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Cowbridge Grammar School
Coordinates: 51°27′43″N 3°27′00″W / 51.462°N 3.450°W / 51.462; -3.450 Cowbridge
Cowbridge
Grammar School was one of the best-known schools in Wales
Wales
until its closure in 1974. It was replaced by Cowbridge
Cowbridge
Comprehensive School. Founded in the 17th century by Sir John Stradling and refounded by Sir Leoline Jenkins, it had close links with Jesus College, Oxford. The school took both boarders and day boys. Famous old boys include actor Anthony Hopkins, poet Alun Lewis and TV presenter Patrick Hannan.[1] The main school buildings were located in Church Street, Cowbridge. Derelict for some years, they have now been converted into residential accommodation
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Geographic Coordinate System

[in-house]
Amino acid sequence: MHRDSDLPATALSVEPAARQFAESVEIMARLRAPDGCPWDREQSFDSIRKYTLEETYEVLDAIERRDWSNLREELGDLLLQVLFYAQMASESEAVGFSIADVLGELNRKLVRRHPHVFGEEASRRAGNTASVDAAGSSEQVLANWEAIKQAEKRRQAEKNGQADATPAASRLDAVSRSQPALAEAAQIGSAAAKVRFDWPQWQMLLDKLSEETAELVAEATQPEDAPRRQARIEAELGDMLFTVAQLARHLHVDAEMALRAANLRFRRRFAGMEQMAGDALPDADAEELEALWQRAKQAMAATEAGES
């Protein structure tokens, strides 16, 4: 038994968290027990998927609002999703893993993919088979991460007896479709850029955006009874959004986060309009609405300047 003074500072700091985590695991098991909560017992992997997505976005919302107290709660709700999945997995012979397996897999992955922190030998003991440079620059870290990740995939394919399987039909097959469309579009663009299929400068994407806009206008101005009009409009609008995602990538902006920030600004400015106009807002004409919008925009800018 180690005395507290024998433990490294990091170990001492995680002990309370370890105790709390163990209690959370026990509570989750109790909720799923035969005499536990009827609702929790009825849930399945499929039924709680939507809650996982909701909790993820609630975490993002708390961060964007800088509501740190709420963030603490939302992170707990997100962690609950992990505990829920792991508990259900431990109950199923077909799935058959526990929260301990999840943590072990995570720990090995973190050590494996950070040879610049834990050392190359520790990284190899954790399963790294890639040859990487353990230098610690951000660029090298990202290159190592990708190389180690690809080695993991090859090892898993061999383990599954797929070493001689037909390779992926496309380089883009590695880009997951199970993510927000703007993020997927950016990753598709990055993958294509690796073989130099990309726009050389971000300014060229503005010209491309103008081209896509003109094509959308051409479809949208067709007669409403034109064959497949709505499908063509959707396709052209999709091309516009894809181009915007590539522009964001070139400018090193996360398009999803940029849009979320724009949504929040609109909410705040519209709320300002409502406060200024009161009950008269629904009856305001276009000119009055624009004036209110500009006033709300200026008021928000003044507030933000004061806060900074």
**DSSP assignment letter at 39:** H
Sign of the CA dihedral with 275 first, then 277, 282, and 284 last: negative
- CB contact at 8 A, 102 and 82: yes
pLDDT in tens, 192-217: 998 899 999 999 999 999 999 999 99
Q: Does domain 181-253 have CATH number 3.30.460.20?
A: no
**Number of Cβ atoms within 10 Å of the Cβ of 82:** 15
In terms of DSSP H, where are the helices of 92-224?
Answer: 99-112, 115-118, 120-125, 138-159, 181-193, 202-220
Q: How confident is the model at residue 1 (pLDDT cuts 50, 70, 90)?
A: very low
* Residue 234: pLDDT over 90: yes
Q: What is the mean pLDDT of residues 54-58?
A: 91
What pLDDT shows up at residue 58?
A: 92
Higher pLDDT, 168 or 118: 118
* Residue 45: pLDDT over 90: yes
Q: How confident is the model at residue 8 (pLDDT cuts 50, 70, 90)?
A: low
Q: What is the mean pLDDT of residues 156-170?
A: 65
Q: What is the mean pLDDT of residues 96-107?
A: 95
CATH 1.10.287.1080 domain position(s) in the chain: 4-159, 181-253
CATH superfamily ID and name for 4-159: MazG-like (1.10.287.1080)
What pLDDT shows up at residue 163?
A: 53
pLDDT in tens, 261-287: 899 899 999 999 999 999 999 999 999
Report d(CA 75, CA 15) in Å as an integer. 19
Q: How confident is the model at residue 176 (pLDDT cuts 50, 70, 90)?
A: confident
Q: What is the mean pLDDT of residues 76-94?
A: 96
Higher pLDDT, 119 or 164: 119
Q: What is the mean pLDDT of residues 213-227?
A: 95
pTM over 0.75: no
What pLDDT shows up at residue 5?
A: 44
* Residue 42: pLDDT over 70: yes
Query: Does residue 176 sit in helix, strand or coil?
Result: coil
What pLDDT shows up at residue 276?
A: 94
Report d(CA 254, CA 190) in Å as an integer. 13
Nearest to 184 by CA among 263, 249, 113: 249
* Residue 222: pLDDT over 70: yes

A geographic coordinate system is a coordinate system used in geography that enables every location on Earth to be specified by a set of numbers, letters or symbols.[n 1] The coordinates are often chosen such that one of the numbers represents a vertical position, and two or three of the numbers represent a horizontal position
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Lehman Brothers
Lehman Brothers
Lehman Brothers
Holdings Inc. (former NYSE
NYSE
ticker symbol LEH) /ˈliːmən/ was a global financial services firm. Before declaring bankruptcy in 2008, Lehman was the fourth-largest investment bank in the United States
United States
(behind Goldman Sachs, Morgan Stanley, and Merrill Lynch), doing business in investment banking, equity and fixed-income sales and trading (especially U.S. Treasury securities), research, investment management, private equity, and private banking
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Wales
Wales
Wales
(/ˈweɪlz/ ( listen); Welsh: Cymru [ˈkəmri] ( listen)) is a country that is part of the United Kingdom
United Kingdom